Barahvi ke baad kya : What after class XII – On Zee Business, 26.5.2018

Class 12 board results were announced this afternoon, so Zee business carried this post result show with call ins from students and parents on the road ahead. Sreenivasan R, Co-Founder, Career Launcher (CL Educate) was the panelist addressing all the queries.
This episode had questions from students across the country on various issues ..
a. What are the prospects for a commerce with maths student after class XII?
b. I have been selected for IHM (hotel management), is it worth pursuing? How do I convince parents who do not want me to work in hotel industry?
c. What does the future like for those who chose humanities?
d. Since the number of seats in DU is less, does it help if one chooses to go for distance-education?
f. What are the other choices for science students apart from Engineering and Medicine?
g. What is the relevance of maths, important in pursuing higher studies?
h. what kind of careers are in offing in the near future?
Keep coming to this site for more such articles that can help you excel in career and life.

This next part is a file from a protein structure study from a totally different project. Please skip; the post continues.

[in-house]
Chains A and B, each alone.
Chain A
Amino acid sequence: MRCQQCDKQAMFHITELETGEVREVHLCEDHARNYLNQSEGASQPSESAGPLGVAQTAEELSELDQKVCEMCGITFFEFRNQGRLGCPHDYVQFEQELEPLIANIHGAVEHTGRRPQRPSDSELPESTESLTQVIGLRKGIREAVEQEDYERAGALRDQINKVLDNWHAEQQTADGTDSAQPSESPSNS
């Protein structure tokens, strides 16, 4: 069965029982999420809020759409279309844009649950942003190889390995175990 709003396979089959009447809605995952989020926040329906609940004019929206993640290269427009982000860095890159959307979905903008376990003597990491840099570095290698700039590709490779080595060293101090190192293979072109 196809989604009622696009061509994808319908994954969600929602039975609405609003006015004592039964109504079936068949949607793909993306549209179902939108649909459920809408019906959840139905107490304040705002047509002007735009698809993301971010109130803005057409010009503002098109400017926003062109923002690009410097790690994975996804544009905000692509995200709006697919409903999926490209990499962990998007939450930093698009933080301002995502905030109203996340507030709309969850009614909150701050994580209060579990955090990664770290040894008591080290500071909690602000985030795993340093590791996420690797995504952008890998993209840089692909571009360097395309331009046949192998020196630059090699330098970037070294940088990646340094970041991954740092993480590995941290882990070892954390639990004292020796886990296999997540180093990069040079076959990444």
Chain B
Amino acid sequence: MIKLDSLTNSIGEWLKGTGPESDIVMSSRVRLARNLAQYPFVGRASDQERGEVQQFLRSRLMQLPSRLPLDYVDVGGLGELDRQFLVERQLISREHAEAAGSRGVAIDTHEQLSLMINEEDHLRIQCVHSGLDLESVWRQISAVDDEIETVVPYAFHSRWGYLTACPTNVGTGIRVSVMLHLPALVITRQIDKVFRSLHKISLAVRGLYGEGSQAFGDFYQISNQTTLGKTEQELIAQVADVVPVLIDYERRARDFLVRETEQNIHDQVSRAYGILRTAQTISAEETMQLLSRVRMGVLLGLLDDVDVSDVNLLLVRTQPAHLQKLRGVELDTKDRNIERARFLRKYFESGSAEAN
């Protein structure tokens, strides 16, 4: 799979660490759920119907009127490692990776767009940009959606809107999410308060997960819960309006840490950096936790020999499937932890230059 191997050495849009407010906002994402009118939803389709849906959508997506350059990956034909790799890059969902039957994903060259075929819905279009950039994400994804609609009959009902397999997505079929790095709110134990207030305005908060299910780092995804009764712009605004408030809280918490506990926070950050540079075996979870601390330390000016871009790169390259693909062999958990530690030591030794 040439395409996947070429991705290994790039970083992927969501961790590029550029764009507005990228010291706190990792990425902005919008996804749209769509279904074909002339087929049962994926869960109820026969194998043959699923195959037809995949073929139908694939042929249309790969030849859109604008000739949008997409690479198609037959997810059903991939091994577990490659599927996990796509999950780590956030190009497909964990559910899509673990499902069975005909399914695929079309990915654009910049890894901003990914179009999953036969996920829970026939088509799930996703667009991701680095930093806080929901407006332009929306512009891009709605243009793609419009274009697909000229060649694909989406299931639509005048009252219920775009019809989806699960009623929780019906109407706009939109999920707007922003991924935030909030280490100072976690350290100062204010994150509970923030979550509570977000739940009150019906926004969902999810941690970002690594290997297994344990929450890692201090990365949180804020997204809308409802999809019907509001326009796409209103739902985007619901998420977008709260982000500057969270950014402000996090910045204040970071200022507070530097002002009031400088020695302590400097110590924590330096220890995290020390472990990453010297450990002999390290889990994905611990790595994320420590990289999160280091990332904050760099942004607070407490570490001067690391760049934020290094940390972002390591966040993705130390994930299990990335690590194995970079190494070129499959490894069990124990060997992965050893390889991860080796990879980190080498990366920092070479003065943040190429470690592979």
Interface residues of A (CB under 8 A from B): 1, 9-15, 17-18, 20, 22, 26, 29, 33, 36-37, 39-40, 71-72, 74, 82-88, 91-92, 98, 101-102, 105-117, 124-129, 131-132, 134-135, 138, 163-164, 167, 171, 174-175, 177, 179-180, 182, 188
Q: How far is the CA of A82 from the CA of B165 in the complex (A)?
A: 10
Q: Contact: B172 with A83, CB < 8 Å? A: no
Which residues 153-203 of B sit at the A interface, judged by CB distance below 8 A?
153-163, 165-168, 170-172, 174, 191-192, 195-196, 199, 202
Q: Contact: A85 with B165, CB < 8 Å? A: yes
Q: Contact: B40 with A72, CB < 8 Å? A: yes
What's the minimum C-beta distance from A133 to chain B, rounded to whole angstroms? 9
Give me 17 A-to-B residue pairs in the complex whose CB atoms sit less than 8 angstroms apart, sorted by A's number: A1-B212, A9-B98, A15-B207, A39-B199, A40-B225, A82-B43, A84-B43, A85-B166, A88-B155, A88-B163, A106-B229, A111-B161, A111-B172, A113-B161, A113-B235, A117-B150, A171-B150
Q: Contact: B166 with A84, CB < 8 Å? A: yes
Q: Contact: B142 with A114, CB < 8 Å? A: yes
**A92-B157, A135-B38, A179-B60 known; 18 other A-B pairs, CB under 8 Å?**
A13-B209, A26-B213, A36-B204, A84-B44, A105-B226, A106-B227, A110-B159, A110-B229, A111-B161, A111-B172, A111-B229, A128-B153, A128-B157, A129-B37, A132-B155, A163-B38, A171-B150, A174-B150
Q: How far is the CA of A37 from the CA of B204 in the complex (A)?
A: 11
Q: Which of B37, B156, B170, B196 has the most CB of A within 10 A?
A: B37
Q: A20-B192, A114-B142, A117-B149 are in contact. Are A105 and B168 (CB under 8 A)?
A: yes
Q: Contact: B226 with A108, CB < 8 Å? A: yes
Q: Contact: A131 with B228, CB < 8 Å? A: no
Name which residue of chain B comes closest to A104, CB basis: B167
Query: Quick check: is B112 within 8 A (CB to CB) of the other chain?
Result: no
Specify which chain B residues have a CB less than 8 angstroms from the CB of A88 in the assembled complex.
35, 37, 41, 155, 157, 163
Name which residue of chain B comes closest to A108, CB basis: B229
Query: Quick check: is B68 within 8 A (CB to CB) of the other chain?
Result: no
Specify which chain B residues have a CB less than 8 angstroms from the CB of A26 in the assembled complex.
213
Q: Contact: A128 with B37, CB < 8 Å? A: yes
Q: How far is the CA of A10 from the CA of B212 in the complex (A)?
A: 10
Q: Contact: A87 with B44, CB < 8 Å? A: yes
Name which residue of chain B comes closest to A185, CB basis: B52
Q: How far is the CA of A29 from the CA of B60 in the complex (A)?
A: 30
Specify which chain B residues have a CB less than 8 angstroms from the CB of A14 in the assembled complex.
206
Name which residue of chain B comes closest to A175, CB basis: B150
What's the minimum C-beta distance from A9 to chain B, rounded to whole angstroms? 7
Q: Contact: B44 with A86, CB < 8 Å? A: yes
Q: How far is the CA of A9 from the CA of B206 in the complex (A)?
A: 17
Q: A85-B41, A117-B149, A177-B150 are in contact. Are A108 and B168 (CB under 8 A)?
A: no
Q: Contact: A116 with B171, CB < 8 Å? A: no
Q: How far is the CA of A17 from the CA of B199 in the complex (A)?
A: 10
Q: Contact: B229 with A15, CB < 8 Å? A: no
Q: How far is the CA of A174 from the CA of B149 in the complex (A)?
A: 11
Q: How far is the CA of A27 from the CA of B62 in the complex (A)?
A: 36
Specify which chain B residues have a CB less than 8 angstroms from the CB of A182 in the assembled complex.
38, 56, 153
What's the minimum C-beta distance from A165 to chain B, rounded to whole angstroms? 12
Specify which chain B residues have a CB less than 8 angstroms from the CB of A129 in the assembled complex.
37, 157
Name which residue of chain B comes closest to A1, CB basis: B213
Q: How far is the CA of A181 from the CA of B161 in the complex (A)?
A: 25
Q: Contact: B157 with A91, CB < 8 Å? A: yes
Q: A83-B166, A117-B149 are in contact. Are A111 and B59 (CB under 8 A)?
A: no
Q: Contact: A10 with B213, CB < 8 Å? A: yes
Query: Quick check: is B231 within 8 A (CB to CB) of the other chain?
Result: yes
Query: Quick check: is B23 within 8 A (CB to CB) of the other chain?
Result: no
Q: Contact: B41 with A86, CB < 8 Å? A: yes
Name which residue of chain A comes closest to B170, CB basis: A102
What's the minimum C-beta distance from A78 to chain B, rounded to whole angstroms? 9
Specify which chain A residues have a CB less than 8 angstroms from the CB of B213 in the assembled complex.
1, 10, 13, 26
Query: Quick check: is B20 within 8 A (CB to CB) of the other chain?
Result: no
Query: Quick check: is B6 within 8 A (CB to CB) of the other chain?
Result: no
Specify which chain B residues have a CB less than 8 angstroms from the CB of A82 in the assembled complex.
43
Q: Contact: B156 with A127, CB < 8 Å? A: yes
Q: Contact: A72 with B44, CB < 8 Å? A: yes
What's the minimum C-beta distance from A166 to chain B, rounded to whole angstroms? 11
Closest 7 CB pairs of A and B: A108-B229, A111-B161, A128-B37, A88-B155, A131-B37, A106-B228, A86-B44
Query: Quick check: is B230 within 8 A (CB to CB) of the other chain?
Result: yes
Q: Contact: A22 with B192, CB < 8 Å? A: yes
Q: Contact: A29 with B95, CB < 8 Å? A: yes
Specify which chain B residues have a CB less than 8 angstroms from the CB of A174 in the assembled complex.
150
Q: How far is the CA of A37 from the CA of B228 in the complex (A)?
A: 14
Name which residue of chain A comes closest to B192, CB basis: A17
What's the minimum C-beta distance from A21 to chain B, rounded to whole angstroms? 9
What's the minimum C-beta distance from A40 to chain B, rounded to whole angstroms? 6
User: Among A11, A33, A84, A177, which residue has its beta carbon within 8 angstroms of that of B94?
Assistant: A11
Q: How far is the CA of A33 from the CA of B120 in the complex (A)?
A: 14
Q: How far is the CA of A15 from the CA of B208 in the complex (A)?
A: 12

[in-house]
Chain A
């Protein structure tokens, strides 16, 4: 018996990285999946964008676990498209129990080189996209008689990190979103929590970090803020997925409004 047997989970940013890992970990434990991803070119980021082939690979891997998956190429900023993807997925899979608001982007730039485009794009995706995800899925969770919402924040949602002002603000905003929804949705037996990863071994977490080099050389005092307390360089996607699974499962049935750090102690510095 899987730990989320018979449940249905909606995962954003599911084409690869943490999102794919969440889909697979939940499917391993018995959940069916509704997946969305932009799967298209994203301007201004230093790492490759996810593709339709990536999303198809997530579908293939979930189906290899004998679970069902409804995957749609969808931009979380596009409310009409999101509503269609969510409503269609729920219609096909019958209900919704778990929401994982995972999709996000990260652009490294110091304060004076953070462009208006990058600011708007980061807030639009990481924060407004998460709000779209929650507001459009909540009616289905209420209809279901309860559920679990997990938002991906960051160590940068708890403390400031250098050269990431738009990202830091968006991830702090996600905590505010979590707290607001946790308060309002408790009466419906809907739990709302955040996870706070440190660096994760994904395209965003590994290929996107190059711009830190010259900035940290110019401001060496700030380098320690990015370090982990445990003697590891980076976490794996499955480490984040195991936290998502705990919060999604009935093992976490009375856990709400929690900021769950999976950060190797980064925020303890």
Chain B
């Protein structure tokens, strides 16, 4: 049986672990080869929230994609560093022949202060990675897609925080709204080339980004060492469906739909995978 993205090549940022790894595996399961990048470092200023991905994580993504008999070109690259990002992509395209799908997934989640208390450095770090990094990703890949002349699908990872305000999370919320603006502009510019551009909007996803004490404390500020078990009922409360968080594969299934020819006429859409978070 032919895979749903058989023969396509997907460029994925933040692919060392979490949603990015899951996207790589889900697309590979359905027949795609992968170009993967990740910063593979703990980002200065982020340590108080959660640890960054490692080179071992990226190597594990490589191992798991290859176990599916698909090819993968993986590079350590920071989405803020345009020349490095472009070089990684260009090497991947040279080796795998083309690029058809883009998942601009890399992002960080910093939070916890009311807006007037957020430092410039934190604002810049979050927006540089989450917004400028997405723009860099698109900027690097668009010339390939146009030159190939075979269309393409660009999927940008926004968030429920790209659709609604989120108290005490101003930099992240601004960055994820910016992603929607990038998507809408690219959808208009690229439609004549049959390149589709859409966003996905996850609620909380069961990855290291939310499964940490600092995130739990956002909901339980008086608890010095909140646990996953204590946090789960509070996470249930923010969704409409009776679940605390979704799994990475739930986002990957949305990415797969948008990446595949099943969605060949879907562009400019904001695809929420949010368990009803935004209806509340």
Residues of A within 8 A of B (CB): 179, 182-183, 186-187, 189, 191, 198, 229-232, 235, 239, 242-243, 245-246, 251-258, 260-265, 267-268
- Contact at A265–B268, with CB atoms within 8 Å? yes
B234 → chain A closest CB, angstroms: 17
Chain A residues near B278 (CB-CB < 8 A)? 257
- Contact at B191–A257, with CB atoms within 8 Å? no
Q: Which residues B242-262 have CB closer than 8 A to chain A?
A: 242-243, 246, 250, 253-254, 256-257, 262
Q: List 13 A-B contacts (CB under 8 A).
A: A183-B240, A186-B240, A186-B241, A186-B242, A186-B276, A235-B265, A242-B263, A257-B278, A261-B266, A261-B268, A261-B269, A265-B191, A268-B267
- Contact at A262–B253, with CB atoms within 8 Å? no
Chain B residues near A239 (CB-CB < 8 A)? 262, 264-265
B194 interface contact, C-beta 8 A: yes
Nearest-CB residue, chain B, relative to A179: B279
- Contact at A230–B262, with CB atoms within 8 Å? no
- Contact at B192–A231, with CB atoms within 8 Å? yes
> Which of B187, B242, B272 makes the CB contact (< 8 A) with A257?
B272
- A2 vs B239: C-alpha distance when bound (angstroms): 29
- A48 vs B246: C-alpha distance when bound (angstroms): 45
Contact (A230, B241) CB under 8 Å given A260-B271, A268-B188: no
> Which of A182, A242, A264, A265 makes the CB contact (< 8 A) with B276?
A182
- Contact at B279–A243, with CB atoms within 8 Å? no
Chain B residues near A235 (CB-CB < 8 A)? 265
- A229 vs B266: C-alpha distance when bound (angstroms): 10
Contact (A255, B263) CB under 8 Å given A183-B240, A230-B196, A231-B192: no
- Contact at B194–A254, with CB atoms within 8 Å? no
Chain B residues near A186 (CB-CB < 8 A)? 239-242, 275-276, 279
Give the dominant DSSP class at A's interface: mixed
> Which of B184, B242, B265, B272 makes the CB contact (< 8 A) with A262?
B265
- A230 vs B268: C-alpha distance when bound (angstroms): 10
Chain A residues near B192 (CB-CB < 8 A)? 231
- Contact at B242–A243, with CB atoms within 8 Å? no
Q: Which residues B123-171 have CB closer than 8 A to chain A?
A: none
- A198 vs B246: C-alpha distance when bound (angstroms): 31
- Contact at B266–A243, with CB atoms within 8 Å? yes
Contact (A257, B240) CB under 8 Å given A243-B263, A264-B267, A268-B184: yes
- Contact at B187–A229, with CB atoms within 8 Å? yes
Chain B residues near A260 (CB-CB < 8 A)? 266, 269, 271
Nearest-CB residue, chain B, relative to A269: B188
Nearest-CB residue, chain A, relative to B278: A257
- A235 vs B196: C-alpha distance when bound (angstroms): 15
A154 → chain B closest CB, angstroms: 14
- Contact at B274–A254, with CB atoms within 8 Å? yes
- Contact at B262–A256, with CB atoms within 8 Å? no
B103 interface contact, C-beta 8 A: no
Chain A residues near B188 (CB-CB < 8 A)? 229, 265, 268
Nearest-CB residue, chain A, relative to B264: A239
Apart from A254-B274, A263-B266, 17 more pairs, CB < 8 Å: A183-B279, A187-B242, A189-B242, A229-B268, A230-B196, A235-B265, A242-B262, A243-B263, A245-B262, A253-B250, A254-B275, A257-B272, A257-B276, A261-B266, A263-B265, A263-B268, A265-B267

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Classroom Expectations: Positive management for the productive growth of students

I got a questionnaire from edinbox.com to respond to. Though the brief is to write answers in a couple of sentences for each issue/question raised, I feel unless we do not understand the very evolution of a human being, cognitively and behaviorally, we cannot find solutions to any of the issues raised here. Hence, I am giving the context before I address each of the concerns raised in the questionnaire. My answers for each of these questions could be dramatically in variance with the conventional wisdom that is prevalent around most adults. Whatever I am sharing here is an outcome of over two-decades of hands-on experience of being with children and young-adults, setting up schools, creating learning environments there in; and also seeing over a couple lakh students excel in career and life. Quite a few of those grown up adults bring their children to us, to seek help now!